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From Peter Hunsberger <peter.hunsber...@gmail.com>
Subject Re: [RT] Is Cocoon Obsolete?
Date Mon, 24 Oct 2005 15:05:35 GMT
On 10/23/05, Stefano Mazzocchi <stefano@apache.org> wrote:
> Peter,
>
> thanks so much for this, great plug for me to start.
>

No problem, I was wired on coffee after a nice long dinner party and
unable to sleep and I had wanted to revive this thread for some
time...  Just a couple  of comments:

<snip/>

> >
> > I've got a gut feeling for what we need, some of it resonates with
> > what you post here, but I've personally grown sort of attached to
> > Cocoon, so first off, I'd have to answer the subject line with a
> > resounding "no".
>
> :-)
>
> Well, I never really expected people on this list to say "yeah, it's
> crap, I moved on" because those who did, would not be here to read that
> message anyway.

Yah, I know that, but even if we did move on I'd watch this list for
some time just to make sure the move really made sense and because a
lot of good ideas get discussed on this list in any case.

<snip/>
>
> One thing that turns me off about cocoon *today* is the pretty steep
> *perceived* learning curve.

Tough stuff always has long learning curves.

> If packaged correctly, a naked (no blocks!) cocoon would take no more
> than an improved Bertrand's SuperSonic Tour. We are getting there.
> Slowly, painfully, and dragging our userbase with us without abrupt
> transitions... maybe too slow, I don't know. But I knok that revolutions
> are hard to manage, so I'm not unhappy about the way we are dealing with
> day to day evolution.

Best practices take a long time to emerge.  They're also hard to
identify when they do emerge.  The Cocoon community probably spends
some extra resources chasing dead ends (and thus part of your point),
but over all I think there are few communities doing much better (I
don't think the scope of Ruby on Rails is large enough to qualify yet,
though it's nailed one or two best practices.)

>
> But I think we collective lack a vision for what's coming up next and I
> feel this as a weakness.

Yah, I'd agree, Cocoon is big, there are a lot of competing visions involved.

<snip>good client things, academic communities discussion</snip>

> >
> > What we really need?
> >
> >   - back end legacy connectors.  I can do that with JBoss;
> >
> > - 100% 24/7 rock solid transaction management and data persistence.  I
> > can do that with JBoss and some commercial (or maybe even OS) RDB;
> >
> > - flexible data translation and extraction.  I can do that with Saxon;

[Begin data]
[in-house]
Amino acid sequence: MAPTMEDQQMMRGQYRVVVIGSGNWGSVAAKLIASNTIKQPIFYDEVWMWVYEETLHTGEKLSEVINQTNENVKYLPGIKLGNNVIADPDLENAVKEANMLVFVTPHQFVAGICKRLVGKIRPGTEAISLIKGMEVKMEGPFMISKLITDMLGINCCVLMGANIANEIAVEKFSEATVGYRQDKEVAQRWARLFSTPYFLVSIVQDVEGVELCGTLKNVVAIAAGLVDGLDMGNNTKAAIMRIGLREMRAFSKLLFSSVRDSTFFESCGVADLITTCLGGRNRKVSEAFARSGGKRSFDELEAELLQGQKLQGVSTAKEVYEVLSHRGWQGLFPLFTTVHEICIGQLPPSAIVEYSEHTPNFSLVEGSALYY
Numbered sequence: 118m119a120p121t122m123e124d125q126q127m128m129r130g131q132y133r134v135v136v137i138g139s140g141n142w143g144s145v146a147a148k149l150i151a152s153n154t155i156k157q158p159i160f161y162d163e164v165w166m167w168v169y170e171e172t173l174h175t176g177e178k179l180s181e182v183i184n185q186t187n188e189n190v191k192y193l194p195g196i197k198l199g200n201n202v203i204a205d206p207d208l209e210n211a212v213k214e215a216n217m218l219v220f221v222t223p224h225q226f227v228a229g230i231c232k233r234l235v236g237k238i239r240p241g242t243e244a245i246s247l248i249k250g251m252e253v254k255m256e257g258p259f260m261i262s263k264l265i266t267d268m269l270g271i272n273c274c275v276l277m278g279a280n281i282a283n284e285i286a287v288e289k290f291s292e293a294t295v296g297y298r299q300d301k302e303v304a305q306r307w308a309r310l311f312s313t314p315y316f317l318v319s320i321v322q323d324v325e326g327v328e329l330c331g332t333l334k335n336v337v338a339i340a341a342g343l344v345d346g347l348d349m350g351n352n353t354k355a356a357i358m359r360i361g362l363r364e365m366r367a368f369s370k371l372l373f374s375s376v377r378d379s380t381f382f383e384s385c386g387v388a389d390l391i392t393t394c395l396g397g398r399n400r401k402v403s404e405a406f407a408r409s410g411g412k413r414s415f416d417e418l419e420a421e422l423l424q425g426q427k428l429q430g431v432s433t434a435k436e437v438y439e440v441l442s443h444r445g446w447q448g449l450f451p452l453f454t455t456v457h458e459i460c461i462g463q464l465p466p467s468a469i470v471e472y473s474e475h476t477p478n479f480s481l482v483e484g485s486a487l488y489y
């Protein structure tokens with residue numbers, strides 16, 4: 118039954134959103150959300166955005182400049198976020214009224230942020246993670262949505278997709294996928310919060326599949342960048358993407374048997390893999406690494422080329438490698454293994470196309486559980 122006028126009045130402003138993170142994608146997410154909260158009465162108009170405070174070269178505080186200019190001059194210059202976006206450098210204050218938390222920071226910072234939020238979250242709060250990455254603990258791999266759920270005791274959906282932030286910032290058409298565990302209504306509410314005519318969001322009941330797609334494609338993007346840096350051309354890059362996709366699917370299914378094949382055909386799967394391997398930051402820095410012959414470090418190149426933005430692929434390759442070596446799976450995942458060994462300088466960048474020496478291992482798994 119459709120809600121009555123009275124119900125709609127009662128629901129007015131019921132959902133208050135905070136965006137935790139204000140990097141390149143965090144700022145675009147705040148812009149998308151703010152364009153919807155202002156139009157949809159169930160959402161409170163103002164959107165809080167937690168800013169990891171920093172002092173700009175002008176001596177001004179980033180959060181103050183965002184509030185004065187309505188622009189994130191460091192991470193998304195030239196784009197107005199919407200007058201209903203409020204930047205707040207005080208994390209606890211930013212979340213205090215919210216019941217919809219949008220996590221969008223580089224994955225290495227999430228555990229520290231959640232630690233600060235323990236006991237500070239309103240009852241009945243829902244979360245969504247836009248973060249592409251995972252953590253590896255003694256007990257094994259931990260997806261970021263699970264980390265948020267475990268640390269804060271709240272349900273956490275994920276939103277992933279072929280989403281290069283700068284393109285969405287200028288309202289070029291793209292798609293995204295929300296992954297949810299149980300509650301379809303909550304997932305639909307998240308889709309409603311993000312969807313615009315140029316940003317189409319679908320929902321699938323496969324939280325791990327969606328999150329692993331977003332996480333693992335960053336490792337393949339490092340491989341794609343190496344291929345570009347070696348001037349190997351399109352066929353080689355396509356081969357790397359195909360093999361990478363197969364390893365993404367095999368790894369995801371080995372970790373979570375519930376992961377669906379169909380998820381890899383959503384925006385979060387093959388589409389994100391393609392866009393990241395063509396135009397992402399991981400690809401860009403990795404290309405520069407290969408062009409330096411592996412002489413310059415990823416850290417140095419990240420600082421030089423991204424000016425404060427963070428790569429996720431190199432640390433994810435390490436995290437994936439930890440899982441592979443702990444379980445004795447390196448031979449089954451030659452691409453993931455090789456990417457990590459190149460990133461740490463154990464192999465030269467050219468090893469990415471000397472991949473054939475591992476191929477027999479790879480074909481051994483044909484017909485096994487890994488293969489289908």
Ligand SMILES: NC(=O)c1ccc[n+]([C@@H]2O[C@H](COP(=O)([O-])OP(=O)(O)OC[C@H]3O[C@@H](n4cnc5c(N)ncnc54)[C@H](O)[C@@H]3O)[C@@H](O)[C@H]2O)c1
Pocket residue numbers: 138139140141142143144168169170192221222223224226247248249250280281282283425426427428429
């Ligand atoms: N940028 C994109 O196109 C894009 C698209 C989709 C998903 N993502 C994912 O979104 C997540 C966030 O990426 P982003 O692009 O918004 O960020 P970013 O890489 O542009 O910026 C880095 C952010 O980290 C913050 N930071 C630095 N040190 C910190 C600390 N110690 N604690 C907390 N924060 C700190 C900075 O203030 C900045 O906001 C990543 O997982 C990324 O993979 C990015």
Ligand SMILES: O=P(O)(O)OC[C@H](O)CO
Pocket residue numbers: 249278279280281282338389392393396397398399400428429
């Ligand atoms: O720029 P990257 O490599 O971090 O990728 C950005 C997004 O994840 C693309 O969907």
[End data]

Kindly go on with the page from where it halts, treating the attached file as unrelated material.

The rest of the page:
> >
> > - involving, low error, client side interaction: I can do that with
> > AJAX and the rest of the browser stuff that you mention.
> >
> > So why do I want Cocoon (Java or similar glue is assumed)?  Because I
> > still need some sort of bridge from the first three things to the
> > last.
>
> Correct. We ended up writing our own... and it was no more than 50Kb of
> java code. Since for us size matters, cocoon was not able to replace
> that with such little space... but others were the turn offs... the fact
> that RDF and XML have a serious impedence mismatch.
>
> I have been tasked to find a solution for this problem and now I think I
> have found one.

Go on....???  For us it's also got to do the security thing as part of
the "glue"...

> > I need a really efficient action dispatcher. In spite of the
> > fact that many  might feel that this is one of the weakest parts of
> > Cocoon, this is what it does better than anything else:
> >
> > client action -> map to handler -> run business rules -> persist
> > results -> (begin again)
> >
> > Eventually, I expect some form of generalized Ontology traversal
> > (perhaps the semantic Web) to handle the second step
>
> yeah, people will push for that, but I doubt declarative inferenced
> processing will ever be as predictable as explicit procedures.

Should be no difference at some point (maybe a long way out): code is
code, graphs are graphs, errors are errors.  You can code your
assumptions however you wish, but it's the unknowns that cause the
problems, not the method of coding.  Of course the other issue is
efficiency...

> > but darned if I
> > see any real AI stepping up to handle the third step.
>
> :-) [even if I'm sure many startups will try to that... and fail ;-)]
>
> > For the
> > foreseeable future I need some kind of multi-technology mosh pit for
> > that process to work in and currently that looks a lot like Cocoon.
>
> I know. It looks "a lot like" but it's not that.... and I want to bridge
> the two.

Sooooo, you've got something up your sleeve?  Do tell...

> > that tells us where the real work is: object mapping, pattern
> > recognition, etc (and the great bugbear; distributed cache management
> > to keep the results fresh but yet responsive).
>
> Hmmm, not sure.
>
> > The client is starting to be able to talk to the humans, next we need
> > a way for the server to truly understand what that interaction means,
> > requires, and implies in a global sense.
>
> Not only, but don't worry, I'll come up with something here soon.
>

Ok, we won't be staring our next release cycle for at least 8 months
(we're halfway into a big one at the moment).... ;-)

--
Peter Hunsberger

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